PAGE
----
Stephen Lanahas challenges my conception of a component-based learning object repository network. He writes,
In a sense the terms "component" and distributed are holdovers from client-server architectures, they don't properly describe what is being done on the internet (even though the internet is effect the ultimate client server structure, it has more or less transcended itself).
The closest things to describing what we're looking for is "web services" and "semantic web" but these seem inadequate as well (or else why we would the IT community be compelled to go back and drag out the componentization paradigm again).
We are in a state of transition wherein the previous vision of how this would work, didn't work and the new visions have not really got off the ground. On a more practical note, one of the greatest failings with the "distributed" approach was its over emphasis on application issues, leading to extreme complexity.
These factors have been conquered before, but only in strictly controlled environments (where performance was guaranteed, regulations in place etc.)
The e-learning repository network will have to be a lower cost proposition by nature in order to succeed. The reason that peer to peer music succeeded was its architectural simplicity - simpler by a factor of 10x or more than what we're looking at.
It's a very tough call, I still think we are a step or two away from a viable conceptual architecture for distributed repositories, I don't think those steps are big - just haven't recognized the breakthoughs yet...
I think he raises serious issues. But they are issues with the potential for a good response.
It would be useful to obtain an analysis of why previous efforts at componentization (is that a word?) failed, and indeed why (and in what way) the internet is growing beyond itself.
From my perspective, the internet - and web - is itself the clearest example of the success of componentization.
Part of my thinking is derived from my imagining what the web would have looked liked had we taken the enterprise system approach. On such a model, in order to have web access, you would have to buy a large content management system, download 'the web' (or those components of the web to which you have licensed access), store it on your own system, and access it in-house.
Obviously, the web could not have been successful without the development of some very simple components: a way of separating the brosing functionality from the web server functionality.
I agree that the cornerstone of componentization is simplicity. It is not clear to me that peer-to-peer as it has evolved has achieved that level of simplicity. The mess in instant messaging, for example, illustrates what can go wrong. That is why I advocate standards tolerance, and that is why I advocate a decentralized system - so you cannot have an AOL, say, denying access to the network by competing technologies.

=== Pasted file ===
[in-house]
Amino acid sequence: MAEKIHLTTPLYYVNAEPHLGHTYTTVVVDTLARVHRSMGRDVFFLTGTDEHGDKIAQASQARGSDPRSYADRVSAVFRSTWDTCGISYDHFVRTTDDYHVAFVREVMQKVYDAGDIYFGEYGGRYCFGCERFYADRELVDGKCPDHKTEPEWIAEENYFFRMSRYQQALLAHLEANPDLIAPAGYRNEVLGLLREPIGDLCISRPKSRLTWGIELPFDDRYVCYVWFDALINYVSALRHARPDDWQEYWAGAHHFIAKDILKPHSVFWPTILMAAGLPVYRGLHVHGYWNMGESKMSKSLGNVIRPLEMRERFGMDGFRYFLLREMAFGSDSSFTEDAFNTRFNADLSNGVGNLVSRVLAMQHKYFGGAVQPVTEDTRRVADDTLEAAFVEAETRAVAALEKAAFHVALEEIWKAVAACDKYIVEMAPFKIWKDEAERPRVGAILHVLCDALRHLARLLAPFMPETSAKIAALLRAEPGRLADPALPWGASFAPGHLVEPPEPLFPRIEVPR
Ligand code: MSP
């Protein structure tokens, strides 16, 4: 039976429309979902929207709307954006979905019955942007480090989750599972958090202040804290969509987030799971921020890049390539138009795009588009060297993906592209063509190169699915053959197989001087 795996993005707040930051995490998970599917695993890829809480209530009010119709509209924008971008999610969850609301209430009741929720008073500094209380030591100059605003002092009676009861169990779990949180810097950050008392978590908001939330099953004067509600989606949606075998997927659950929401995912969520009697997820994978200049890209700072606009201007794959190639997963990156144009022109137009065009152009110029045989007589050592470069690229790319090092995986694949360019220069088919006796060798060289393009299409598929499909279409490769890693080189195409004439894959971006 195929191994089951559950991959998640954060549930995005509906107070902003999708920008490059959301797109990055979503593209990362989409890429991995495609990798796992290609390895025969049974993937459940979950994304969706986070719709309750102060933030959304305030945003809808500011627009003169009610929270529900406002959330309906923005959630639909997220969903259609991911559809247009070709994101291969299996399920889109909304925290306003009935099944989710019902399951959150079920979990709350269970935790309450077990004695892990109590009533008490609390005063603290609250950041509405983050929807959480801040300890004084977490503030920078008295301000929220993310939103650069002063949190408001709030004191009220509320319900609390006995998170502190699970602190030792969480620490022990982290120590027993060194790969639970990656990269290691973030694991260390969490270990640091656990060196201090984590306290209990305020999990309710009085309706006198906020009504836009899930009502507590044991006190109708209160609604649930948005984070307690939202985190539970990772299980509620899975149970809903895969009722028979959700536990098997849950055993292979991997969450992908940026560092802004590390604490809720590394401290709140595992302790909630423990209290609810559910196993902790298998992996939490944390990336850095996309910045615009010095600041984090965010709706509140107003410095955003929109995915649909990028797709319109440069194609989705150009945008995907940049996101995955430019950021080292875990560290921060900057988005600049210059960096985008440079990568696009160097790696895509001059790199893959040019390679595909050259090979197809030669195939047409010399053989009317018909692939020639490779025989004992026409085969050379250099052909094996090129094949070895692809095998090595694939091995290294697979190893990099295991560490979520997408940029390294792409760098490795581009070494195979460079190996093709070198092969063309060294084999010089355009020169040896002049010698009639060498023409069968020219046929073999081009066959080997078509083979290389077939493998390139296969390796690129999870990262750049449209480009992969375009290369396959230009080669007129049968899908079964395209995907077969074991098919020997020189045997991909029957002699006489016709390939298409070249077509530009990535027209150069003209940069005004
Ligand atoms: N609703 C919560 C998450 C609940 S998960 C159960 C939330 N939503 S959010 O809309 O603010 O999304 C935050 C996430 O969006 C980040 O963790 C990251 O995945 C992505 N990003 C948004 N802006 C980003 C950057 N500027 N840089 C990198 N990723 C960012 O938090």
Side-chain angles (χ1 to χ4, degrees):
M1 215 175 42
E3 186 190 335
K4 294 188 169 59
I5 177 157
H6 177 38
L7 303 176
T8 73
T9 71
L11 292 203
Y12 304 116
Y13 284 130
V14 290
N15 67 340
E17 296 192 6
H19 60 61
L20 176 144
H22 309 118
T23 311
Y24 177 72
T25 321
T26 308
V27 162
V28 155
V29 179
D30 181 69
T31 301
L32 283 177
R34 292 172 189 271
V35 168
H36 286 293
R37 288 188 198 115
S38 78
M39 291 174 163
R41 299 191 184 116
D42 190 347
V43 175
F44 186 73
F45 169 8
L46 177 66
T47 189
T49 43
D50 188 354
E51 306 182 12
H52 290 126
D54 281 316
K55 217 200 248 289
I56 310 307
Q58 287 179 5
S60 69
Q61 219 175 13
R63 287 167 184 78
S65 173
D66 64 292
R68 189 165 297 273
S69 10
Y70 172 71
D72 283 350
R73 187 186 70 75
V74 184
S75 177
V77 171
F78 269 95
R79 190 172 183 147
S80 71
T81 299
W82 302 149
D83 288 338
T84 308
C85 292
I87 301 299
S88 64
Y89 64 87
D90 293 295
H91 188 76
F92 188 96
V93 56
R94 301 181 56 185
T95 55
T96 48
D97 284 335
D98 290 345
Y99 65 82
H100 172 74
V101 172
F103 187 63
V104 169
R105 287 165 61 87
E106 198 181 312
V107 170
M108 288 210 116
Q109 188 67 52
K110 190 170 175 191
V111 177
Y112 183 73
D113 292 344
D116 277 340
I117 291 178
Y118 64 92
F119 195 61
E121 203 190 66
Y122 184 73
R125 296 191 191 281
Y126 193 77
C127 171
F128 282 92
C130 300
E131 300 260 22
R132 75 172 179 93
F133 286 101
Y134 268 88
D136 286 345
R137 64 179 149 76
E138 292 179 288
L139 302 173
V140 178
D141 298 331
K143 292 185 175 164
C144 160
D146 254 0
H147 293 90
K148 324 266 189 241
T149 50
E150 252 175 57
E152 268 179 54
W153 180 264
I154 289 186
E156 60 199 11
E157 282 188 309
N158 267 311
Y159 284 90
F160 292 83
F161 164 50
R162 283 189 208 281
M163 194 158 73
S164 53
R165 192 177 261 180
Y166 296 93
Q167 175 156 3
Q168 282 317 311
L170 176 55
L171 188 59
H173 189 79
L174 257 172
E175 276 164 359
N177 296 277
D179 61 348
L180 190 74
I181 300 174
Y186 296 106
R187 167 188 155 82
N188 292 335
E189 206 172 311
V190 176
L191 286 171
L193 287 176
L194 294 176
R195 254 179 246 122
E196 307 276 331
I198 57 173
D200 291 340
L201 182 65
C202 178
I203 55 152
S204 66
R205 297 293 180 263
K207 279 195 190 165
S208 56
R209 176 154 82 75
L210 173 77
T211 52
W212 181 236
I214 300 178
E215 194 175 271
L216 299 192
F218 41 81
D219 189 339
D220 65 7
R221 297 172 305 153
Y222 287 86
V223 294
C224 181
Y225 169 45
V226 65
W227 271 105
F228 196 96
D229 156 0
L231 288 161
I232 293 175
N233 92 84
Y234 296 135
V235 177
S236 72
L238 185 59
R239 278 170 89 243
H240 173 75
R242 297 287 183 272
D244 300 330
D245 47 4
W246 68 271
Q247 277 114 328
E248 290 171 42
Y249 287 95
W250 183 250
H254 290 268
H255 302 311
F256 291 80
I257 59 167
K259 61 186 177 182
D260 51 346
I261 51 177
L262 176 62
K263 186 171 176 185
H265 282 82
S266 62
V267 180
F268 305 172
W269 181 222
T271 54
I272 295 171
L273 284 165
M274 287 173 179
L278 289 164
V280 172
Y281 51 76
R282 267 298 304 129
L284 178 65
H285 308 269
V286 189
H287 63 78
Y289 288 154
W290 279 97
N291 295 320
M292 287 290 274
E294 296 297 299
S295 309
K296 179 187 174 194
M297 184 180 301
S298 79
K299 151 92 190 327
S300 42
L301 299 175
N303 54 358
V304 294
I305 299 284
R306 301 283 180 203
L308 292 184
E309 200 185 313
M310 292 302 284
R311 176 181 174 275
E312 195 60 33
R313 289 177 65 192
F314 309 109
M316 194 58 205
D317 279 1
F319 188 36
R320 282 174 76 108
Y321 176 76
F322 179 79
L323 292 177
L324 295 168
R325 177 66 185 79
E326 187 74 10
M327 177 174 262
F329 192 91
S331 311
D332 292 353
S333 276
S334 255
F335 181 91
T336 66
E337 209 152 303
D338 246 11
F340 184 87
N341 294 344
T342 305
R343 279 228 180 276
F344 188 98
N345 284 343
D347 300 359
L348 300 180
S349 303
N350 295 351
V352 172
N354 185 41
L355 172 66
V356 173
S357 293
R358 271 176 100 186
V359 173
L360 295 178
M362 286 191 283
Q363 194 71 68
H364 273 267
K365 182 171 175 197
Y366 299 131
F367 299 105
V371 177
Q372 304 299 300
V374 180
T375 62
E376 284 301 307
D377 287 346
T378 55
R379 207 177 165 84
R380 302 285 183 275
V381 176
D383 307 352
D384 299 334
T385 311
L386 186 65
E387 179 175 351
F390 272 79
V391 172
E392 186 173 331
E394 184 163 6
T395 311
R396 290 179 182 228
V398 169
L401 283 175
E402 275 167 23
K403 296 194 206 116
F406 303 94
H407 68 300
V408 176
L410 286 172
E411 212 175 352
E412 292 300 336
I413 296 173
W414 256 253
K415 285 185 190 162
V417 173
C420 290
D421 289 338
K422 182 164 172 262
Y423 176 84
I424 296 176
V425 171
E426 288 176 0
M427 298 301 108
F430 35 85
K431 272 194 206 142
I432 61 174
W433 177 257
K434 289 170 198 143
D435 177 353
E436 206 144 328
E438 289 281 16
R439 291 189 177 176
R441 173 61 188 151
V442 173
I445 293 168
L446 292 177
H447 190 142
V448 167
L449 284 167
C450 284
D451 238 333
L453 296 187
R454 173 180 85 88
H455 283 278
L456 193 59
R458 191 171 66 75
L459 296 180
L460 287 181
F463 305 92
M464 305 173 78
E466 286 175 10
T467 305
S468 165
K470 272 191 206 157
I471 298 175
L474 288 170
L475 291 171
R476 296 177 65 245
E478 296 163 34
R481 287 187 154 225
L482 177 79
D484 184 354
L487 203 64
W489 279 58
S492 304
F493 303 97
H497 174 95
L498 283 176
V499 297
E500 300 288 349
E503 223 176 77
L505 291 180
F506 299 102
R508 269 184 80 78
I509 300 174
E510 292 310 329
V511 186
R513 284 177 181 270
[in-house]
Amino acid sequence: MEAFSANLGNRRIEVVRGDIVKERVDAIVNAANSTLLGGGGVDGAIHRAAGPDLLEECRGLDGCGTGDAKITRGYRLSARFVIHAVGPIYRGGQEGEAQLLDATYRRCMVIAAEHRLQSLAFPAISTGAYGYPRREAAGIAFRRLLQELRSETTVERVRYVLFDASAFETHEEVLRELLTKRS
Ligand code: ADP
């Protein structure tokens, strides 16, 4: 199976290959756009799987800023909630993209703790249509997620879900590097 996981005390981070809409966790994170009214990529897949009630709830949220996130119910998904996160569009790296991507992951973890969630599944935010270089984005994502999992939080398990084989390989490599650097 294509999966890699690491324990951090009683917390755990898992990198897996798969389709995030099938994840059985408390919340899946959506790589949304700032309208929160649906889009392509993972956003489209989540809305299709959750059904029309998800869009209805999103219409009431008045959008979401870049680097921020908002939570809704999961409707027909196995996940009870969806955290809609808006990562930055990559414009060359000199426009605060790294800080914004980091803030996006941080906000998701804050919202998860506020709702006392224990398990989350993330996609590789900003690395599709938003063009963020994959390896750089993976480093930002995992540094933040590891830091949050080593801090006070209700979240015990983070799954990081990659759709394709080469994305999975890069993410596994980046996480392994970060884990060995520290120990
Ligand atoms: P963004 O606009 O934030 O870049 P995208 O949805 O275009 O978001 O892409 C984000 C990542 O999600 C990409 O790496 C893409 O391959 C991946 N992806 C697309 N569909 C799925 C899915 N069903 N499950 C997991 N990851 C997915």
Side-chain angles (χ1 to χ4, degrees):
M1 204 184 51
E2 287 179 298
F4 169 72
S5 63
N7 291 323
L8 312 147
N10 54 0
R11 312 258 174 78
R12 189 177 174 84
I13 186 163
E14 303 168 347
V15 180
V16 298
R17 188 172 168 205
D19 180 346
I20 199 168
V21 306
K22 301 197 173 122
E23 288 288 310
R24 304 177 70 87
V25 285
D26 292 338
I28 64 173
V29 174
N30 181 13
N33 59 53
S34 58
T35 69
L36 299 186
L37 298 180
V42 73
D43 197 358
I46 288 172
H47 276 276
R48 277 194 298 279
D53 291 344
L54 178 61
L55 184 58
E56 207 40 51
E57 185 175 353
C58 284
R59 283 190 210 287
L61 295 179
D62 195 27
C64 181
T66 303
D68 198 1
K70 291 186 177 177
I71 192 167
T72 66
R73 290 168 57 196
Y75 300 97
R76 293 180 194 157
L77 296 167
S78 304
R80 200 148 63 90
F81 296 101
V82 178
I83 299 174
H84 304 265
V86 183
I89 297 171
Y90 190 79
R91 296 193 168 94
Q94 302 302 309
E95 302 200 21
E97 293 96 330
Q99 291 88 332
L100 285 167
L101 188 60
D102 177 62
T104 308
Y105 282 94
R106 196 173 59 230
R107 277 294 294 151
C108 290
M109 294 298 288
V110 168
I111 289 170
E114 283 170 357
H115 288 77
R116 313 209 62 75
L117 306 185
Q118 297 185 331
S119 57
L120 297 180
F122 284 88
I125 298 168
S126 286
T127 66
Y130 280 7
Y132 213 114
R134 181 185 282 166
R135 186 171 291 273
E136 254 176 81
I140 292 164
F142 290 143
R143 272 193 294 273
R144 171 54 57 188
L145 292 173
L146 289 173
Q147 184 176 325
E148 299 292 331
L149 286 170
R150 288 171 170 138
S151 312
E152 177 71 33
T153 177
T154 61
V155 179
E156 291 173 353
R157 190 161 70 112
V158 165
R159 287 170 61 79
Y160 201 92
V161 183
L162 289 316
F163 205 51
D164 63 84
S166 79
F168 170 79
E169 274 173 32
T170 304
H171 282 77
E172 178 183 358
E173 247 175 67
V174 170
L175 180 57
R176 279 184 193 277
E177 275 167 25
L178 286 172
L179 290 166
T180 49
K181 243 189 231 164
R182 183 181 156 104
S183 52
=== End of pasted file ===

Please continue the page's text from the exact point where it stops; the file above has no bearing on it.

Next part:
I believe that simplicity is obtained by taking a lot of what is (was previously) believed to be network (or enterprise system, on the other view) properties and incorporating them into the objects themselves. Build complexity into learning objects, not the system that transports them.
For example, most (all?) LMSs and LCMSs have built in discussion board (or chat) tools. There is no reason for this. Access to a discussion list is a service, the functionality (or front-end) for which can be encoded into a learning object (perhaps not on the current definition of 'learning object' but I refuse to be dragged into such digressions.
Building too much functionality into the network itself - rather than into the objects transported into the network - is what leads to the creation of alternative competing networks, and a fragmentation of the system. It would be like building streaming media into the definition of the HTTP protocol - then we would have a web that is compatable for MS media Player users and a completely different web for Real Networks users.
But by building functionality into a subsystem that can be transported over the network (aka plug-ins) this sort of fragmentation can be avoided. Oh sure, you still have compatibility issues (I have *never* made Quicktime work properly, for example), but at least the network as a whole isn't broken.
Semantic web, web service - yes. These are names for it, implementations of the concept. They haven't really taken off because we lack the simple components that allow people to use them productively. There is no 'web services browser' - nor would one make sense, under the current implementation. There is no 'semantic web' browser (Amaya notwithstanding).
That's why we need a simple tool for e-learning access, a simple API or protocol that can be easily adapted by developers, that provides people with a view of the entire learning object sphere. Until such a thing exists, the whole field of learning objects dies stillborn, a great idea that nobody could use.
But you don't get a simple browser without componentization. Which, since I think learning objects really are a good idea, is why we need componentization.
My own personal view (and of course there remains every possibility that I may be wrong) is that the breakthroughts we need are in this description:
- multiple instances of essential components, to avoid bottlenecks
- standards tolerance, to ensure interoperability
- smart learning objects, to ensure simplicity
- browsing tools, to ensure usability
The rest of it, the layers of third party metadata, of DRM, of personal information systems, etc., are to enable increased functionality. They are layered onto the basic system, much in the way images and later streaming media were layed onto the web.
Anyhow, that's my view. That's how I see the infrastructure unfolding. And I would be very surprised to see it unfold a substantially different way, at least over the long term.
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